Performing kata in competition adds a new dimension to the challenge. It takes confidence and self-control to perform before judges, spectators and against the abilities of others. It’s amazing how a kata can be performed 100 times in the dojo correctly but when the additional stresses of competition are added the mind goes blank and competitors forget moves or let the nerves take over and lose their strength and spirit. There are some stringent rules applied to competitors which are used to judge a winning performance. There are typically 3 – 5 judges who observe the competitor from different angles and award points based on the following;
In a Kata Match, each performance will not be deemed simply good or bad, but will be judged according to the essential elements in two different criteria:
The following basic points must appear in each performance of a Kata:
- Kata sequence.
- Control of power.
- Control of tension and contraction.
- Control of speed and rhythm.
- Direction of movements.
- Understanding Kata technique.
- Show proper understanding of the Kata Bunkai.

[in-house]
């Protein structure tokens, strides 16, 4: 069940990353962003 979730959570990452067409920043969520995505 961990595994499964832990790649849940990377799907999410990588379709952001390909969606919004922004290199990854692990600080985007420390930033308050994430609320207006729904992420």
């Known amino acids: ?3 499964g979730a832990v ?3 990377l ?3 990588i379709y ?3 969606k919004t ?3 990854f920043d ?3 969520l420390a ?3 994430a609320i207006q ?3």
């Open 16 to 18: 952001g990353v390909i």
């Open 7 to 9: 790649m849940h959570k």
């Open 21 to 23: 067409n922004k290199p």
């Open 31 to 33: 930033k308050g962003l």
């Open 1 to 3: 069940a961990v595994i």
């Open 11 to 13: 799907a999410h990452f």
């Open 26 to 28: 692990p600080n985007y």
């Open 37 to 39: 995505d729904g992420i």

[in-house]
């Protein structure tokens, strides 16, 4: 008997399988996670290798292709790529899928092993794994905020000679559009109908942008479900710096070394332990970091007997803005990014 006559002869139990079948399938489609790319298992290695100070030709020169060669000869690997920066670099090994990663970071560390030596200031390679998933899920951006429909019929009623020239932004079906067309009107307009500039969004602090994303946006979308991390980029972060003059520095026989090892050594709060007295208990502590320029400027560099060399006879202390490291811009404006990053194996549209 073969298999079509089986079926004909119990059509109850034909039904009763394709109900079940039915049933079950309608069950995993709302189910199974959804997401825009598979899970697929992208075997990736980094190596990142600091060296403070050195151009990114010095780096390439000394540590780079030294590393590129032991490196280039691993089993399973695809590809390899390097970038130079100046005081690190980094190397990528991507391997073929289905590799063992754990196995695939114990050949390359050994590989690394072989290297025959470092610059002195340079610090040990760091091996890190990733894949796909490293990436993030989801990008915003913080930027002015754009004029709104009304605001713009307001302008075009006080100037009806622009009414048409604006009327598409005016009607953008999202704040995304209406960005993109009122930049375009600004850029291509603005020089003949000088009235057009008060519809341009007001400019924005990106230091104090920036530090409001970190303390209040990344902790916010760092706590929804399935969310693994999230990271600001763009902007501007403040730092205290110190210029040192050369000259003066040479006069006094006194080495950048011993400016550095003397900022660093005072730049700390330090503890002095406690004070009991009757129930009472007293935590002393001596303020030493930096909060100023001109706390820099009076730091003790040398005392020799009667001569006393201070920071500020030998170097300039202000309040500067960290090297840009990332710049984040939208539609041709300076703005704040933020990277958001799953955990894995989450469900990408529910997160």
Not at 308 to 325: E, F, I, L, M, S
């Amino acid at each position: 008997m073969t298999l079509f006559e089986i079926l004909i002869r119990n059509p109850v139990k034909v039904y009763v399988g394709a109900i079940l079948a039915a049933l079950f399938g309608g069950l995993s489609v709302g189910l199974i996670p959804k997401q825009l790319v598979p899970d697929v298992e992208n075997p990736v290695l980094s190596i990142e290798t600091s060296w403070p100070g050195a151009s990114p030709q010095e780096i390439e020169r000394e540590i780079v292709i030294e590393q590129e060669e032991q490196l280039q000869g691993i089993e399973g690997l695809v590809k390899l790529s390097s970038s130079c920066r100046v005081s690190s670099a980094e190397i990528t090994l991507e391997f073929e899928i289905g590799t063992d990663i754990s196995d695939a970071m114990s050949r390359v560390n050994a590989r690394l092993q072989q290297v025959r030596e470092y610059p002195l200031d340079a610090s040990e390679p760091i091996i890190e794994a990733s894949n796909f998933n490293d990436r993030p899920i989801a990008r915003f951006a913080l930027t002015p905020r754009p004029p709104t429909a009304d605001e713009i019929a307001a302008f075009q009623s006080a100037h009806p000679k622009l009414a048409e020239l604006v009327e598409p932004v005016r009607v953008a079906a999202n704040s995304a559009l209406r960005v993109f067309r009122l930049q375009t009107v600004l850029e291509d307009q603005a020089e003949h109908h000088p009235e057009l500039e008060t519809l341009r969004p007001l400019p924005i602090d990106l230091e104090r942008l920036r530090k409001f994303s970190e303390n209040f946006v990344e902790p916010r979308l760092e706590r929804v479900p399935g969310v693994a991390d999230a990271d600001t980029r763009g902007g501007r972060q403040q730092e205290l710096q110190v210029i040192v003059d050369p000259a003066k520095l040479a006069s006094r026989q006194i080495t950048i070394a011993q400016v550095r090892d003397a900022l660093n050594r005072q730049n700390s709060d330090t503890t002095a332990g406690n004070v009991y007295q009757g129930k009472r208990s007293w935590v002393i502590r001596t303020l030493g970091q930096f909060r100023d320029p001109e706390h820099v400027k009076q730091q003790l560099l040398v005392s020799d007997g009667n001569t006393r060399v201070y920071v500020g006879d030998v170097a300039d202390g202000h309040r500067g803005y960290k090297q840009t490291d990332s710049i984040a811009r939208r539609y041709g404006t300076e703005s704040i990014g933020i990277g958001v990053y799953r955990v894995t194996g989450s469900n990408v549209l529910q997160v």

- Stability and balance.
Judges will note the specific important points and the degree of difficulty of the performed Kata. Judgment will be based on:7
a) The mastery of techniques by the contestant.
b) The degree of difficulty and risk in the performance of the Kata.
c) The Budo attitude of the contestant.
The following youtube clips worth having a look at if you wish to look further into this kata:
http://youtu.be/Bt-jtJOqthw Quickfist form
http://youtu.be/FXzmbgMs-08 Nepai kata
http://youtu.be/5lsb-Rn2pCM Nipaipo kata
Talking about work and education
Following on from my previous update on communication skills in other sports, in this update, I will be looking at how these same skills are transferable into work and education. However as a student with little experience of work I will focus mainly on communication in education.
When I was looking at the methods we use to learn martial arts, I identified different types of learners:
- Auditory (like things explained)
- Visual (prefer to what demonstrations)
- Kinaesthetic (prefer to learn through doing)